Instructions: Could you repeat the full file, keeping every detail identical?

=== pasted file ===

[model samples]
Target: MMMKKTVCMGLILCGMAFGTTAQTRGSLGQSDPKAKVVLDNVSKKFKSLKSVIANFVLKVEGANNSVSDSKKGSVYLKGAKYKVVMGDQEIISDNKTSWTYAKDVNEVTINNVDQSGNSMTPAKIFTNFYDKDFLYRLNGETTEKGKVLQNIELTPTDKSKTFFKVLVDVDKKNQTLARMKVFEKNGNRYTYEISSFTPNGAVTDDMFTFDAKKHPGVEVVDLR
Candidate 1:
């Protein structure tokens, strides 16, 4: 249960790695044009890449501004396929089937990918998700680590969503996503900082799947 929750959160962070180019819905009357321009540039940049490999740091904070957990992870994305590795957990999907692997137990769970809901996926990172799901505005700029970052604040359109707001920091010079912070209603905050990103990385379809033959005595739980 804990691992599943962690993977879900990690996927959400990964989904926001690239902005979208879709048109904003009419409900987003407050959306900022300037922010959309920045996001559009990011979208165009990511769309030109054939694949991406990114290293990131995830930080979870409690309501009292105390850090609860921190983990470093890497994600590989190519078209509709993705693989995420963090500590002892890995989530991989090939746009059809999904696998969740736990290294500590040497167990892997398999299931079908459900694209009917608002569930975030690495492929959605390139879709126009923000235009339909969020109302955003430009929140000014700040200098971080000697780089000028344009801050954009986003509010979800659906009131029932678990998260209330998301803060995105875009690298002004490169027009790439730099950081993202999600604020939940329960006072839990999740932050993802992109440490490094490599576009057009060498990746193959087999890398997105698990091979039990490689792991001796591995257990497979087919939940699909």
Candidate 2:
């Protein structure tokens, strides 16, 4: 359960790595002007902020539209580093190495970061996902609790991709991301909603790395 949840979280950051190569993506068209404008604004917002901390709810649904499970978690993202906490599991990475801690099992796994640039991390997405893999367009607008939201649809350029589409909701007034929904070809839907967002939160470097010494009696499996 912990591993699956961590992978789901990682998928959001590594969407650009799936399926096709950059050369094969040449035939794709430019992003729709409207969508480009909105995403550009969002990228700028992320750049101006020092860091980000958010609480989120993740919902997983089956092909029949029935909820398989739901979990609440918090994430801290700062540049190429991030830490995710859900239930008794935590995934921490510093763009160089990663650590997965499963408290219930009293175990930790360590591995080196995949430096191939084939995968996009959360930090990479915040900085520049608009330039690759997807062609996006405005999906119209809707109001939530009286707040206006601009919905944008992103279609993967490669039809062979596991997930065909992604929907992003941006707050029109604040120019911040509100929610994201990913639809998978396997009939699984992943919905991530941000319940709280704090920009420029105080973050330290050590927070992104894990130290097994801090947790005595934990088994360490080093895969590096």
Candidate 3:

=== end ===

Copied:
[model samples]
Target: MMMKKTVCMGLILCGMAFGTTAQTRGSLGQSDPKAKVVLDNVSKKFKSLKSVIANFVLKVEGANNSVSDSKKGSVYLKGAKYKVVMGDQEIISDNKTSWTYAKDVNEVTINNVDQSGNSMTPAKIFTNFYDKDFLYRLNGETTEKGKVLQNIELTPTDKSKTFFKVLVDVDKKNQTLARMKVFEKNGNRYTYEISSFTPNGAVTDDMFTFDAKKHPGVEVVDLR
Candidate 1:
């Protein structure tokens, strides 16, 4: 249960790695044009890449501004396929089937990918998700680590969503996503900082799947 929750959160962070180019819905009357321009540039940049490999740091904070957990992870994305590795957990999907692997137990769970809901996926990172799901505005700029970052604040359109707001920091010079912070209603905050990103990385379809033959005595739980 804990691992599943962690993977879900990690996927959400990964989904926001690239902005979208879709048109904003009419409900987003407050959306900022300037922010959309920045996001559009990011979208165009990511769309030109054939694949991406990114290293990131995830930080979870409690309501009292105390850090609860921190983990470093890497994600590989190519078209509709993705693989995420963090500590002892890995989530991989090939746009059809999904696998969740736990290294500590040497167990892997398999299931079908459900694209009917608002569930975030690495492929959605390139879709126009923000235009339909969020109302955003430009929140000014700040200098971080000697780089000028344009801050954009986003509010979800659906009131029932678990998260209330998301803060995105875009690298002004490169027009790439730099950081993202999600604020939940329960006072839990999740932050993802992109440490490094490599576009057009060498990746193959087999890398997105698990091979039990490689792991001796591995257990497979087919939940699909």
Candidate 2:
């Protein structure tokens, strides 16, 4: 359960790595002007902020539209580093190495970061996902609790991709991301909603790395 949840979280950051190569993506068209404008604004917002901390709810649904499970978690993202906490599991990475801690099992796994640039991390997405893999367009607008939201649809350029589409909701007034929904070809839907967002939160470097010494009696499996 912990591993699956961590992978789901990682998928959001590594969407650009799936399926096709950059050369094969040449035939794709430019992003729709409207969508480009909105995403550009969002990228700028992320750049101006020092860091980000958010609480989120993740919902997983089956092909029949029935909820398989739901979990609440918090994430801290700062540049190429991030830490995710859900239930008794935590995934921490510093763009160089990663650590997965499963408290219930009293175990930790360590591995080196995949430096191939084939995968996009959360930090990479915040900085520049608009330039690759997807062609996006405005999906119209809707109001939530009286707040206006601009919905944008992103279609993967490669039809062979596991997930065909992604929907992003941006707050029109604040120019911040509100929610994201990913639809998978396997009939699984992943919905991530941000319940709280704090920009420029105080973050330290050590927070992104894990130290097994801090947790005595934990088994360490080093895969590096």
Candidate 3: